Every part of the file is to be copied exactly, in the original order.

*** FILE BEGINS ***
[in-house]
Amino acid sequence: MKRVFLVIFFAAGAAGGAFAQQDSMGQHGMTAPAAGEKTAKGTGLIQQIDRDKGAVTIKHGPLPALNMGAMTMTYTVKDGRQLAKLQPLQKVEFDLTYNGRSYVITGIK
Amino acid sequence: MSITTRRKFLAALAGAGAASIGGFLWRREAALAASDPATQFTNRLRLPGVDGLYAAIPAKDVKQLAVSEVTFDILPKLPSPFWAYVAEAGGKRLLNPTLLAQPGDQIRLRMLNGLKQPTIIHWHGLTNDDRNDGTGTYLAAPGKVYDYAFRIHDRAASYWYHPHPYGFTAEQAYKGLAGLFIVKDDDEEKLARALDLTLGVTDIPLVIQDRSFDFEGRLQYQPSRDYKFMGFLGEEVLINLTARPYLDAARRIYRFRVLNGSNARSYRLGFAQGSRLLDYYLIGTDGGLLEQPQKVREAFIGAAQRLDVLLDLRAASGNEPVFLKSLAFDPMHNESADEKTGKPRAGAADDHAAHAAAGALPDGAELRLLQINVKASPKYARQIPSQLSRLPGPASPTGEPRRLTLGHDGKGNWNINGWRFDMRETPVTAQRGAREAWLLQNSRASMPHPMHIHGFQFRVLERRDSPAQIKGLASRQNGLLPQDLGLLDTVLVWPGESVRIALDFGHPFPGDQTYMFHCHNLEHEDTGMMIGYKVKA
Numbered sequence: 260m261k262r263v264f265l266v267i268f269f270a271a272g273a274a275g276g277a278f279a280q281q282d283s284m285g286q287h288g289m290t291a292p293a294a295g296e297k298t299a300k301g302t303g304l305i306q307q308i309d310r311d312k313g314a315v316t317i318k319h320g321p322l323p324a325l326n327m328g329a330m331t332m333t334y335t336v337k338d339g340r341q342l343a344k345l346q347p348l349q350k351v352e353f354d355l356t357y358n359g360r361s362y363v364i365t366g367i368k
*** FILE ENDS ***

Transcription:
[in-house]
Amino acid sequence: MKRVFLVIFFAAGAAGGAFAQQDSMGQHGMTAPAAGEKTAKGTGLIQQIDRDKGAVTIKHGPLPALNMGAMTMTYTVKDGRQLAKLQPLQKVEFDLTYNGRSYVITGIK
Amino acid sequence: MSITTRRKFLAALAGAGAASIGGFLWRREAALAASDPATQFTNRLRLPGVDGLYAAIPAKDVKQLAVSEVTFDILPKLPSPFWAYVAEAGGKRLLNPTLLAQPGDQIRLRMLNGLKQPTIIHWHGLTNDDRNDGTGTYLAAPGKVYDYAFRIHDRAASYWYHPHPYGFTAEQAYKGLAGLFIVKDDDEEKLARALDLTLGVTDIPLVIQDRSFDFEGRLQYQPSRDYKFMGFLGEEVLINLTARPYLDAARRIYRFRVLNGSNARSYRLGFAQGSRLLDYYLIGTDGGLLEQPQKVREAFIGAAQRLDVLLDLRAASGNEPVFLKSLAFDPMHNESADEKTGKPRAGAADDHAAHAAAGALPDGAELRLLQINVKASPKYARQIPSQLSRLPGPASPTGEPRRLTLGHDGKGNWNINGWRFDMRETPVTAQRGAREAWLLQNSRASMPHPMHIHGFQFRVLERRDSPAQIKGLASRQNGLLPQDLGLLDTVLVWPGESVRIALDFGHPFPGDQTYMFHCHNLEHEDTGMMIGYKVKA
Numbered sequence: 260m261k262r263v264f265l266v267i268f269f270a271a272g273a274a275g276g277a278f279a280q281q282d283s284m285g286q287h288g289m290t291a292p293a294a295g296e297k298t299a300k301g302t303g304l305i306q307q308i309d310r311d312k313g314a315v316t317i318k319h320g321p322l323p324a325l326n327m328g329a330m331t332m333t334y335t336v337k338d339g340r341q342l343a344k345l346q347p348l349q350k351v352e353f354d355l356t357y358n359g360r361s362y363v364i365t366g367i368k